The Undercover Man
The scenario finds T-Men Frank Warren (Glenn Ford) and George Pappas (James Whitmore) charged with getting the goods on a notorious crimelord (Ralph Volkie) solely referred to as "the Big Fellow." The feds receive a tip from informant Manny Zanger (Rob Osterloh) that the Big Fellow is avoiding $3 million in tax liabilities; however, Zanger turns up murdered before the evidence is delivered. Warren then takes the fight to the syndicate by subpoenaing the ledgers of the Big Fellow's low-level associates, and hauling in all their bookkeepers to compare handwriting.
The plan gets rebuffed, however, once slick mob attorney Edward O'Rourke (Barry Kelley) engineers the accountants' immediate release. Warren is back at Square One until an embittered local cop tips him to Salvatore Rocco (Anthony Caruso), a mob accountant whom he had once unsuccessfully tried to book. In tracking Rocco down, Frank discovers that his handwriting matches various critical mob deposit slips, and ultimately corners the accountant with a deal for immunity and protection in exchange for his testimony.
Rocco's decision to cooperate merely buys him a bullet. Afterwards, Frank receives a punking from the Big Fellow's hoods, and veiled threats from O'Rourke regarding the safety of his wife Judith (Nina Foch), who the T-man once believed to be safely ensconced at her parents' farm. Frank is on the precipice of turning in his badge when help--and incentive to bring the Big Fellow down--comes from unexpected corners.
Lewis' impressive string of noirs started with My Name Is Julia Ross (1945, also starring Foch) and So Dark the Night (1946) and continued with the genre classics Gun Crazy (1950) and The Big Combo (1955). The filmmaker recalled Ford's performance fondly for Peter Bogdanovich's 1997 director interview omnibus Who The Devil Made It (Knopf).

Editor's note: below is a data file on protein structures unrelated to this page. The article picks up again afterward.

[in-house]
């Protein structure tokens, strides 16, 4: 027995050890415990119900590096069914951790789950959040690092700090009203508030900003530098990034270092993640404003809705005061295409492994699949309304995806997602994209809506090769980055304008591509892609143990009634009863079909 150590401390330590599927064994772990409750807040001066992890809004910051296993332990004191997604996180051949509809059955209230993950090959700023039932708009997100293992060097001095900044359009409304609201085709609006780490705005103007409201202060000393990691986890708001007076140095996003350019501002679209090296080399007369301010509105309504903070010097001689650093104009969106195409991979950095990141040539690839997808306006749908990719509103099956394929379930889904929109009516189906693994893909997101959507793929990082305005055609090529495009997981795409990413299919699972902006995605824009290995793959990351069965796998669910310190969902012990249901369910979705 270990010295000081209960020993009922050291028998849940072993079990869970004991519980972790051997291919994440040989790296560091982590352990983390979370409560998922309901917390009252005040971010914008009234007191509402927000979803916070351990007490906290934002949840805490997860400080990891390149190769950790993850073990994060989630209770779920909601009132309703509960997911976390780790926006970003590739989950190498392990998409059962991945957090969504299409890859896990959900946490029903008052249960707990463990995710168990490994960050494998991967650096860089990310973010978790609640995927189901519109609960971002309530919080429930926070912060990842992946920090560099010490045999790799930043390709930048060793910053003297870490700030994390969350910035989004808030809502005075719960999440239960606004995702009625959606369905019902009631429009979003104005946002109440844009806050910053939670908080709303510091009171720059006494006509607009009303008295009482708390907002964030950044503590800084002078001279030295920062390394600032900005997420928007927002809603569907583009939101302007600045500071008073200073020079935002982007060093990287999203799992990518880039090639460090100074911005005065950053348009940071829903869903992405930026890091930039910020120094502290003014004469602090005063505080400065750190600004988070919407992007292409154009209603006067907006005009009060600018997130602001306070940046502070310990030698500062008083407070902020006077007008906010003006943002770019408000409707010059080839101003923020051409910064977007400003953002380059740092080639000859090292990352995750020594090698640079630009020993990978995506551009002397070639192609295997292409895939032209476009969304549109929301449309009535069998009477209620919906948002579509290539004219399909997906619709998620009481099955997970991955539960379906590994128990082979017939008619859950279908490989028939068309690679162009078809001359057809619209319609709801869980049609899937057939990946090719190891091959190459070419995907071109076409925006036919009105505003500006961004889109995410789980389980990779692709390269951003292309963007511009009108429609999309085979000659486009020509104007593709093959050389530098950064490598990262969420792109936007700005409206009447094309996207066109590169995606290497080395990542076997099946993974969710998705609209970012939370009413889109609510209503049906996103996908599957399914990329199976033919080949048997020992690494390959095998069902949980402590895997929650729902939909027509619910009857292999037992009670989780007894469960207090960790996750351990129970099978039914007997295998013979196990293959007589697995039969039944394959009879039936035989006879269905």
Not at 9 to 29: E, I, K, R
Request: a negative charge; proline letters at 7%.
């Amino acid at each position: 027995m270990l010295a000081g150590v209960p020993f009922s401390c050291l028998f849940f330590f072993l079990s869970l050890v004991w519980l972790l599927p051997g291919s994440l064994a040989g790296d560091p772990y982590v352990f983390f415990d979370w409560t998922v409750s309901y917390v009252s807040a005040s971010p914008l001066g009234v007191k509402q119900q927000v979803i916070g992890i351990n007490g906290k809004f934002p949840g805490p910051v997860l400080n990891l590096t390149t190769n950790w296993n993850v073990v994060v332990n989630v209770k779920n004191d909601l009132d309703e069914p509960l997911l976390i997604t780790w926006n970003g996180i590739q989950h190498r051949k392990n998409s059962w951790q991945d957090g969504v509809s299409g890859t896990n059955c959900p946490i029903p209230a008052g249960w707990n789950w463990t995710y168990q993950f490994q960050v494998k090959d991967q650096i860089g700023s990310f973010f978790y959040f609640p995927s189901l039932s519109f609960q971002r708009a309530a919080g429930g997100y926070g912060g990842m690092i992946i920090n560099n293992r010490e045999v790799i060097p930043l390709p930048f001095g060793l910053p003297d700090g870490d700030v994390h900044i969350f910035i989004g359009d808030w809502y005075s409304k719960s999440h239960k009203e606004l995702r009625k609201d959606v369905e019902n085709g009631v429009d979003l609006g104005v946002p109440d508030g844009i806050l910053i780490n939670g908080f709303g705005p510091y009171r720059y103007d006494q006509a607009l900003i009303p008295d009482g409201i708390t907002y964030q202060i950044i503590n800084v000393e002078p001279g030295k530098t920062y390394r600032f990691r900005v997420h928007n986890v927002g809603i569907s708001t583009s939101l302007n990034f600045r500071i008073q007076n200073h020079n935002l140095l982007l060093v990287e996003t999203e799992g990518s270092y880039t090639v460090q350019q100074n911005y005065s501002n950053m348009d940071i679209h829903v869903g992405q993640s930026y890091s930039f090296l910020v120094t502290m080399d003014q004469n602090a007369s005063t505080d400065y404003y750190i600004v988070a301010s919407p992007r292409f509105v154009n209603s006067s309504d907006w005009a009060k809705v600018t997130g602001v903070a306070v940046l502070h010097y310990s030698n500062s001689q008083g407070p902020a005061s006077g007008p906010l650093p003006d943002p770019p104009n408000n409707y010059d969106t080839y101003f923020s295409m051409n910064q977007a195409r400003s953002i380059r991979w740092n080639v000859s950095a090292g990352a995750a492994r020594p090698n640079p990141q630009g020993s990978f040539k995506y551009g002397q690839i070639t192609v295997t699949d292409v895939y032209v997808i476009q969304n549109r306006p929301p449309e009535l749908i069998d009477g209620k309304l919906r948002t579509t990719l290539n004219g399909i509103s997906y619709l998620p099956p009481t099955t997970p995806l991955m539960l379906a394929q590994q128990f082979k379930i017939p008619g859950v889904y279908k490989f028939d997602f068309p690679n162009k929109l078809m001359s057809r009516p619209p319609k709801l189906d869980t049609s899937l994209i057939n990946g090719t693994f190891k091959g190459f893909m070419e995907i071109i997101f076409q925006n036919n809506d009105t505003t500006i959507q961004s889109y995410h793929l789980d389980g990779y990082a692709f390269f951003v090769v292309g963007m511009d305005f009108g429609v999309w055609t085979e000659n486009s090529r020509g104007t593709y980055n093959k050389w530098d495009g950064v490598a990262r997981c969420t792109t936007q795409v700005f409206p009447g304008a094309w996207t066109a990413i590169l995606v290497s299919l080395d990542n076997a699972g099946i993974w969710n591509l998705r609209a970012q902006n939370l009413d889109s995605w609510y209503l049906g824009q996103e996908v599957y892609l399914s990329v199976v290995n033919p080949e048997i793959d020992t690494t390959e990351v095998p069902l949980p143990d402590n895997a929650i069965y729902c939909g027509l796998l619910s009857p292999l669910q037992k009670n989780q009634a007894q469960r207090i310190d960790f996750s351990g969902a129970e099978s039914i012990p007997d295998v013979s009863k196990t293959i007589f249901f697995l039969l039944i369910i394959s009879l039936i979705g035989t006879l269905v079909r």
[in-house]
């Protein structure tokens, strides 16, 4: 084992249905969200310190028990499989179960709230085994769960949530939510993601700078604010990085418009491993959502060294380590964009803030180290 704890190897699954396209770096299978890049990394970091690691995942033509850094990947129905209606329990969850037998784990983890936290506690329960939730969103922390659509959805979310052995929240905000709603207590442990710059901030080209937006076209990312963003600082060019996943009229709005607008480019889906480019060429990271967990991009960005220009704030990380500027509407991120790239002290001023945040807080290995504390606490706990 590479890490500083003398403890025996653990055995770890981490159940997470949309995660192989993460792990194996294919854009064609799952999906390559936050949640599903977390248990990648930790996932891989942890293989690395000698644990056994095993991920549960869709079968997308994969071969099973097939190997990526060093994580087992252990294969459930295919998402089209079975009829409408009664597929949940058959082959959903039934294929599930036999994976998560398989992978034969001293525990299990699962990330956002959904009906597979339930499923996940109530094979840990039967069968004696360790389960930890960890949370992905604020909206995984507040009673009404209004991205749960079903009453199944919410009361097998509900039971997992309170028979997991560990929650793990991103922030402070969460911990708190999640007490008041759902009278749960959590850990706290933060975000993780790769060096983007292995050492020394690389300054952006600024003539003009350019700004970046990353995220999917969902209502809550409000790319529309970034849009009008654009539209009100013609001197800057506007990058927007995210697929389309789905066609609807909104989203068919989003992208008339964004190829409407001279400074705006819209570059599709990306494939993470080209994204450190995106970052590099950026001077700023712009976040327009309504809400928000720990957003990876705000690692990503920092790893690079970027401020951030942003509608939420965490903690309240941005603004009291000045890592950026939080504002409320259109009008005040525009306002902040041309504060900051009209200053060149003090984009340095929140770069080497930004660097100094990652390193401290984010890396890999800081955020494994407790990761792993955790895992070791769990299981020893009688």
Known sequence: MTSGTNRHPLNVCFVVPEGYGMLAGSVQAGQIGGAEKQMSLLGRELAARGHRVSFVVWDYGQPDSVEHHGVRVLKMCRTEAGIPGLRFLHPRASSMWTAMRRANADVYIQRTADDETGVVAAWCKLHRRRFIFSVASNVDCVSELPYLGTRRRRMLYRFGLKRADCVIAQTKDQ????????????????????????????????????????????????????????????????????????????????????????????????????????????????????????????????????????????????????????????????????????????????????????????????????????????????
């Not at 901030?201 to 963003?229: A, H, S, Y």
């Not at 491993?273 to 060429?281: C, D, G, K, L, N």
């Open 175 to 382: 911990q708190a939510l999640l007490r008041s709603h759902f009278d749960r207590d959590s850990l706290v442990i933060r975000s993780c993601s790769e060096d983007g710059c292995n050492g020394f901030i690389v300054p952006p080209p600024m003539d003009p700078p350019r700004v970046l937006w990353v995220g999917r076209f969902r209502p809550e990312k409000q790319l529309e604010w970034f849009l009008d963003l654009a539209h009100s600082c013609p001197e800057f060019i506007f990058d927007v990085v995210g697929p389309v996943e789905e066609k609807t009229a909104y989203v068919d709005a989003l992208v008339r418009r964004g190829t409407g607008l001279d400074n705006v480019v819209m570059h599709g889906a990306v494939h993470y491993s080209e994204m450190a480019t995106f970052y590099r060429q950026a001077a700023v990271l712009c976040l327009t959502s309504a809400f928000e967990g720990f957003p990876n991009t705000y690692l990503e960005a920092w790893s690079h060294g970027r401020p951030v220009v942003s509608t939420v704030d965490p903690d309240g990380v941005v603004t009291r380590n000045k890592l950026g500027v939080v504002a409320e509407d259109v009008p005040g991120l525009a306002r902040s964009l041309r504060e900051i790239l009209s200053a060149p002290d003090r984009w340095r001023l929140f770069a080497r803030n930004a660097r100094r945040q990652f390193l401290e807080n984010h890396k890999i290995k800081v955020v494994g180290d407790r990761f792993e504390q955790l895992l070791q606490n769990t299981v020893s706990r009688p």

Of the scene where Frank tells Judith that he's ready to hang it up for her protection, and which was captured with a three-camera setup, Lewis stated, "This is a man crying, and it's wonderful to see a man cry--it's something rare and beautiful. I knew I could never capture this if we shot a portion of it on somebody else and then went over and over and over. I shot the rehearsal...I did not tell them how to do it. I did not tell them what I wanted. Again, this is where the talent of the actor and the actress came to me and gave me something brilliant that I could never explain to them. I sat back and I wept."
Lewis also stated to Bogdanovich that he severed his ties with Columbia over the claim to final cut made by Robert Rossen, the film's producer and co-scripter. "Immediately after I finished shooting, Bob called Harry Cohn and said, 'I'm finished with Joe Lewis, so you can knock him off salary'--or whatever terms were used. When I heard this I demanded that I be given an opportunity to edit the film and Bob said, 'Do anything you want and I'll change it my way. It's my film.'...He was wonderful to me during shooting, but the moment it was through--boom! Take it away from you. So I said, the hell with this, I'll leave. And I did. Harry Cohn had just given me a straight seven-year contract. And I left. I wouldn't stay."
Producer: Robert Rossen
Director: Joseph H. Lewis
Screenplay: Jack Rubin, Sydney Boehm; Malvin Wald (additional dialogue); Frank J. Wilson (article "Undercover Man: He Trapped Capone")
Cinematography: Burnett Guffey
Art Direction: Walter Holscher
Music: George Duning
Film Editing: Al Clark
Cast: Glenn Ford (Frank Warren), Nina Foch (Judith Warren), James Whitmore (George Pappas), Barry Kelley (Edward O'Rourke), David Wolfe (Stanley Weinburg), Frank Tweddell (Insp. Herzog), Howard St. John (Joseph S. Horan), John Hamilton (Police Sergeant Shannon), Leo Penn (Sidney Gordon), Joan Lazer (Rosa Rocco), Esther Minciotti (Maria Rocco), Angela Clarke (Theresa Rocco), Anthony Caruso (Salvatore Rocco), Robert Osterloh (Manny Zanger), Kay Medford (Gladys LaVerne)
by Jay S. Steinberg VIEW TCMDb ENTRY